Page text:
Autumn Writing Contest Submission

The crackle of fire filled the quiet dark of that dank environs.

The orange light from the campfire slid like oil across the damp stones of the walls and floor nearby, illuminating a droll and lonely sort of place. It was tiered above the rest of the room, though the light from the flames did not advance far into the shadows, somehow more solid than the grey smoke that rose in a twisting column up to the mossy iron grates above. Only a little bit of light filtered through those bars, reflecting from the torchlight of the above world. And lit up within that light was the slender form of a man, black-skinned as the corners untouched by illumination.

His hair was a shock of snow-white, currently pulled into a short loop of a tail to prevent those gossamer tendrils from becoming any more dirtied. His expression was one that matched his surroundings; bleak, hollow, morose. There was not a lot of energy gleaming in those crimson eyes, gleaming like a pair of dark garnets that glinted and flashed with the dancing lights he was so delicately cultivating. Perched upon a raggy canvas stretched across a tumble of rocks, a shield rested face-down nearby, propping up the honed edge of a blade and a bag to keep both from touching the ground. He held a waterskin, taking the occasional drink. A line of crimson was torn across the face; from brow across the bridge of the nose, broken before it reappeared again upon a cheek. A single drop slid down across his brow, more than a hint that the injury was fresh.

But Ruathrym did not seem to care. He was depressed. Ears no longer twitched with curiosity to the sound of voices above, his efforts to join them spurned after multiple attempts. His pockets were light, from attempts to trade and receiving much smaller amounts than considered generally acceptable. Even the meals he had purchased were of subpar quality. What issues those people had with drow, he had faced the brunt of it for the past few weeks, as the townspeople had a target to focus their hatred upon. Such things wheedled at the mind, slowly degenerated mood and confidence, rendering him feeling quite out of place. But no effort was made to descend further down into the deep earth.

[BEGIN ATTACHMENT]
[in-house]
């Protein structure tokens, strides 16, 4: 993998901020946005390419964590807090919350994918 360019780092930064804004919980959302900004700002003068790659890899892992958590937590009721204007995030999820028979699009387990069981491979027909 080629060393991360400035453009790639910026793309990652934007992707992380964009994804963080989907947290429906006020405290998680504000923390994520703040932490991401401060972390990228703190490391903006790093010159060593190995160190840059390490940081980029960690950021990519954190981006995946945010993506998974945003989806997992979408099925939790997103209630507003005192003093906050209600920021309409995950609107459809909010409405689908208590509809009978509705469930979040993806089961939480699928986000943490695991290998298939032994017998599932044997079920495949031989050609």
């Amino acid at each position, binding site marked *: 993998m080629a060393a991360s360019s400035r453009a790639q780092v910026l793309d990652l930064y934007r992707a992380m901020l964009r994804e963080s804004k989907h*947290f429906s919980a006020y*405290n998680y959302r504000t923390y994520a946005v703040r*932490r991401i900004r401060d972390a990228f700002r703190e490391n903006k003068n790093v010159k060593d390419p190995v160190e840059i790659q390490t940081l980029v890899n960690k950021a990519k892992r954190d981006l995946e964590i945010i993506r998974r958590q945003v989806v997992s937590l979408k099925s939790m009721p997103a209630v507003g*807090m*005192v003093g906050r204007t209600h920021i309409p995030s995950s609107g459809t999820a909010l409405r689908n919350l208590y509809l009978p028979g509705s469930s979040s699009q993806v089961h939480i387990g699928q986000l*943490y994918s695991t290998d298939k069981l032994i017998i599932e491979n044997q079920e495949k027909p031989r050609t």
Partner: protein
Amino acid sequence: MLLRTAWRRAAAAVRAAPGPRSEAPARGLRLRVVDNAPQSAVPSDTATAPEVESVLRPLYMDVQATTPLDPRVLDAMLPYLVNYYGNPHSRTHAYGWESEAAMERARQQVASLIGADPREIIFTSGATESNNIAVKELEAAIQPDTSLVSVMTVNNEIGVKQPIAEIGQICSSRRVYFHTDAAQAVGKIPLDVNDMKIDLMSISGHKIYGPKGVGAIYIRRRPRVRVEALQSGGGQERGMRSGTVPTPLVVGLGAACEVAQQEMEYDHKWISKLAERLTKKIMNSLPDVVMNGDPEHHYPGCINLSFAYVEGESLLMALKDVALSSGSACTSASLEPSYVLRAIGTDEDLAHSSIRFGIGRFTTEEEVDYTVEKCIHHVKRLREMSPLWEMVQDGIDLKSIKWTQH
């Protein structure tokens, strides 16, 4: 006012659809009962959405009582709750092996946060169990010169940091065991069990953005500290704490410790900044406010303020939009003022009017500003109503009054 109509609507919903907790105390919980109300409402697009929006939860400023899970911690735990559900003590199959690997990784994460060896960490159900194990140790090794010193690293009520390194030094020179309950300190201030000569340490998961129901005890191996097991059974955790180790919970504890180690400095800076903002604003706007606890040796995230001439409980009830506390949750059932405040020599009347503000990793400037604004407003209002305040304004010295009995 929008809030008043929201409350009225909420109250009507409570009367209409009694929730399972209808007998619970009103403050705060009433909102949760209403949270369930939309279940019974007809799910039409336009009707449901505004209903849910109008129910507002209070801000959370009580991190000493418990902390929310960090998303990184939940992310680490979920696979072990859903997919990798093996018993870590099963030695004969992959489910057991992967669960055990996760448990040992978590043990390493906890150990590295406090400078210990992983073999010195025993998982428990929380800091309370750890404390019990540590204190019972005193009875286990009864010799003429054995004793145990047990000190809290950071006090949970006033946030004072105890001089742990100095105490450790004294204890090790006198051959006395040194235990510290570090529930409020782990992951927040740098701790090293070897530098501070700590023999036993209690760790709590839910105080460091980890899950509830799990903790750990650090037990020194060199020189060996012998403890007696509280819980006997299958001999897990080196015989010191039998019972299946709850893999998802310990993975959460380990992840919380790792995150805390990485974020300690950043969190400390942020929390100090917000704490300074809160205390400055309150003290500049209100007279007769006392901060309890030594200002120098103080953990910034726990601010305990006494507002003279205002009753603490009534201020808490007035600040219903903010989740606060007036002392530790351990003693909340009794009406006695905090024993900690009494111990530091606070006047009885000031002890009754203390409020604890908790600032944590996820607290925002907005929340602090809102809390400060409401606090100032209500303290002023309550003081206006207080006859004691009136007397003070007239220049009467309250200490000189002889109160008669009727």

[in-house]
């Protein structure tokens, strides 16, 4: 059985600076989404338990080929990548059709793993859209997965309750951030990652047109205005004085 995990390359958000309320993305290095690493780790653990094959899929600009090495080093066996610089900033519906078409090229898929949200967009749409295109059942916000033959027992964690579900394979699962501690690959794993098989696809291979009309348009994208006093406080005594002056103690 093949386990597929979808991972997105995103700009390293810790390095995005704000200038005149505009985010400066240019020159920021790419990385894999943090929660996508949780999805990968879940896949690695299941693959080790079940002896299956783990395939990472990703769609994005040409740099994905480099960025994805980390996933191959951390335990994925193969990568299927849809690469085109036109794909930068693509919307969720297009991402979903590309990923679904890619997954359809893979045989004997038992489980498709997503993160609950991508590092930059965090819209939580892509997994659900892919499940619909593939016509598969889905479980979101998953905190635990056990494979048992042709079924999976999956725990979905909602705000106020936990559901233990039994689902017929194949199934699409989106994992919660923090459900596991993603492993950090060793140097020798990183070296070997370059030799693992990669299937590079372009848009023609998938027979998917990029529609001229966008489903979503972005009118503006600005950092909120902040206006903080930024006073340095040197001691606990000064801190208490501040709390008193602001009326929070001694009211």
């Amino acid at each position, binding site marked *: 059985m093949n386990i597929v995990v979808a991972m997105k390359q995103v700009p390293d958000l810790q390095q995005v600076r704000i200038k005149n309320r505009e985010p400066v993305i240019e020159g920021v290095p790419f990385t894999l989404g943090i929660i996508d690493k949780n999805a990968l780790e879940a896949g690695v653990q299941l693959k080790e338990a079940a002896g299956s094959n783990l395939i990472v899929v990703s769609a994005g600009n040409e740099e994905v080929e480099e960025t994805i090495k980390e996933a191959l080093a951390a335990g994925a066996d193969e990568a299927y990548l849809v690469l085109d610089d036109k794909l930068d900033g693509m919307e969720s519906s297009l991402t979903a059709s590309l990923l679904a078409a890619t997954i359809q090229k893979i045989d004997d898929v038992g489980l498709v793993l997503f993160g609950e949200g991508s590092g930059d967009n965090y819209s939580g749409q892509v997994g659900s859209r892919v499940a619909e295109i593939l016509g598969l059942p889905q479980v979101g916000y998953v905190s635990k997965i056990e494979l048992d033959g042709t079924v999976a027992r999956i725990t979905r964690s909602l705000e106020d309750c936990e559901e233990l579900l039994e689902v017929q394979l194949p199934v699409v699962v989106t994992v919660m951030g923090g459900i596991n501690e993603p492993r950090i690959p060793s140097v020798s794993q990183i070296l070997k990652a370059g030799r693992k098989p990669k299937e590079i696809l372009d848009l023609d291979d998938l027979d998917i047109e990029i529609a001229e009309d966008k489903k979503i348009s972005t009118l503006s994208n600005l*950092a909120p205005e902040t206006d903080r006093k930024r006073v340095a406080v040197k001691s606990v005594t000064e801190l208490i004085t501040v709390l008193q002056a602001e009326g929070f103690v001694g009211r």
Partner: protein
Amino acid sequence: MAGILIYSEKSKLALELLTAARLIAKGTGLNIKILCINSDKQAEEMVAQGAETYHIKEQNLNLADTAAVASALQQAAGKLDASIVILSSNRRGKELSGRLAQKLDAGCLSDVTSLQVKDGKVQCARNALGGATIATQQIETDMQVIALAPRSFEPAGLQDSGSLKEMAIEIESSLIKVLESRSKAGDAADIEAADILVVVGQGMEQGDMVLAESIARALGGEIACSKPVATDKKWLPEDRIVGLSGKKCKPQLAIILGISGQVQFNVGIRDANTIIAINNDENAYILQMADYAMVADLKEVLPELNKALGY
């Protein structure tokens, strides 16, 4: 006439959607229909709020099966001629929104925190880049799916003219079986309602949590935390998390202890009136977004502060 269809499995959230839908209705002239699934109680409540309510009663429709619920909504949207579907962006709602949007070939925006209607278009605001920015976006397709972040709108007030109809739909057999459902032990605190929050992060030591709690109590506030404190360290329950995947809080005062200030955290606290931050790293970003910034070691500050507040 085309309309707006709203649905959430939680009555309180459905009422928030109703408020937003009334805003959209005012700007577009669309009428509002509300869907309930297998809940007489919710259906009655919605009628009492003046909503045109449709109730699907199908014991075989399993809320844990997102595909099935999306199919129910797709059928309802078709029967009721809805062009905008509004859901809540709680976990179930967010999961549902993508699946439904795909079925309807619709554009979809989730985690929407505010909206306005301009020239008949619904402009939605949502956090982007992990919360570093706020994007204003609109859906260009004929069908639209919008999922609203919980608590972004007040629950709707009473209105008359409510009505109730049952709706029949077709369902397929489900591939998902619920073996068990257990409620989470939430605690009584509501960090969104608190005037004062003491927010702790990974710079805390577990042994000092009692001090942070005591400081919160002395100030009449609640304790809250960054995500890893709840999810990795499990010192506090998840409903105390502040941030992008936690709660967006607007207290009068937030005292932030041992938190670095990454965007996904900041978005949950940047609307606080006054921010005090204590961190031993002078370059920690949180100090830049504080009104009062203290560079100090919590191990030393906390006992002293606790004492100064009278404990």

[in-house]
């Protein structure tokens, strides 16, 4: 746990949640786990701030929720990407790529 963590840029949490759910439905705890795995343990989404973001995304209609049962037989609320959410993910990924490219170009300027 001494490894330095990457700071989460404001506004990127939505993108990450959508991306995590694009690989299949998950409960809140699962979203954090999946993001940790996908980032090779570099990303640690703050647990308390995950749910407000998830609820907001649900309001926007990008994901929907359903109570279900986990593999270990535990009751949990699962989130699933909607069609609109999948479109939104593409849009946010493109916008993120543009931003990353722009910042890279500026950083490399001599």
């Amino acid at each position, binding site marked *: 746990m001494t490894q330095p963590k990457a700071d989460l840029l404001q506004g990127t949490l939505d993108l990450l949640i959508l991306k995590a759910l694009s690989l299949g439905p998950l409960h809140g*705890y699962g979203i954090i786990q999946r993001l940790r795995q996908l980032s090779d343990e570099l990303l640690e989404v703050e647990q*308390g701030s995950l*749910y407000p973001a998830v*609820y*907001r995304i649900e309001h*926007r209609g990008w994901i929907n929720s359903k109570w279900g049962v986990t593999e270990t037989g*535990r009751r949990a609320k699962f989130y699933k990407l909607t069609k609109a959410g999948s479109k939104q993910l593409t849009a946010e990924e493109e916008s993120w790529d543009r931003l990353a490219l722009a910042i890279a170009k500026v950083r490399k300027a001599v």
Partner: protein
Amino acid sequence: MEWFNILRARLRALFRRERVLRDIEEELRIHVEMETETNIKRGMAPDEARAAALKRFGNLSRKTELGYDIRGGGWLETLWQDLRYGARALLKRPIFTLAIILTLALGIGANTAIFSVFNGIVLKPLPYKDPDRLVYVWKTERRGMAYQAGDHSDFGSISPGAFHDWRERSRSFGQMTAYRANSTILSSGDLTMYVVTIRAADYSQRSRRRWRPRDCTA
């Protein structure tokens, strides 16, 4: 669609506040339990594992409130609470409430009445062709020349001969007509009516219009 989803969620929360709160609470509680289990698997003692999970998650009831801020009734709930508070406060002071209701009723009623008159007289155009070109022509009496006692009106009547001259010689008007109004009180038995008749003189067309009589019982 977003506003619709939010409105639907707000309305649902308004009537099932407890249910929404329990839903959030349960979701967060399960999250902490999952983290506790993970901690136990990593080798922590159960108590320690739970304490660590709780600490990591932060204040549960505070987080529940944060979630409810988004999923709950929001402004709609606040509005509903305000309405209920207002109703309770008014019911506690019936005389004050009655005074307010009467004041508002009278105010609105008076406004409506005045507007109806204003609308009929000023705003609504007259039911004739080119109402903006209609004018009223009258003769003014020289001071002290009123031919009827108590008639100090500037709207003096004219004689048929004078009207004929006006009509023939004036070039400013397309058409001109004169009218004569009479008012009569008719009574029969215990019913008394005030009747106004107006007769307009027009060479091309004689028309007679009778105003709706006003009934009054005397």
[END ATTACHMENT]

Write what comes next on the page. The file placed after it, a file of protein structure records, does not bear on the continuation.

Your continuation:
"They didn’t make it, you know."

The voice had uttered from behind him, but there was no real reaction from the swordsman staring at the pulsing coals. He knew the fellow was there. A brief foray up from the depths to speak with the exile.

"All that effort you made, and they were still caught in the tunnels and put down. You could have made it easy and just done it yourself. You’d still be with us."

Crimson eyes gleamed out of the shadows behind Ruathrym, whom lifted his own gaze partially from the flames, crackling over various scraps of wood pulled from the sewers themselves. Broken bits of chair, furniture… scraps of cloth and old wood. Silence reigned for several moments, in which one man watched the shadows, and one watched the fellow sitting silently by his own gear. It was a while before the quieter drow finally spoke, his voice a low baritone that barely made it over the sound of the soft crackling.

"There was no reason. They had done nothing. What a useless waste of life… And it didn’t even affect that foul creature much, did it? Are you still hunting him?" He finally turned his head, a low smolder in his eyes depicting a moment of cold fury. But the mood died out quick, as though he simply didn’t have the energy for it, watching the eyes that narrowed behind him. "I do not need your judgement, or your updates. Return home, brother. Tend to your own life, and I will repair mine."

After a long moment, the sound of boots upon stone began to scuffle off, crunching over pebbles and detritus of the outside world. Ruathrym’s eyes turned back to the campfire, watching coals shifting to glowing ashes, as the reminder of his family began to descend back into the dark recesses of the deep parts in the world. Silence began to reclaim its hold in the dungeons beneath the township of man, and the dead expression began to work its way back over the man’s face. In the morning, he would return to his work, grasping at straws, fighting to claim some sort of livelihood for himself. But for now… the sound of falling droplets and hiss of steaming, wet firewood was his only companion.

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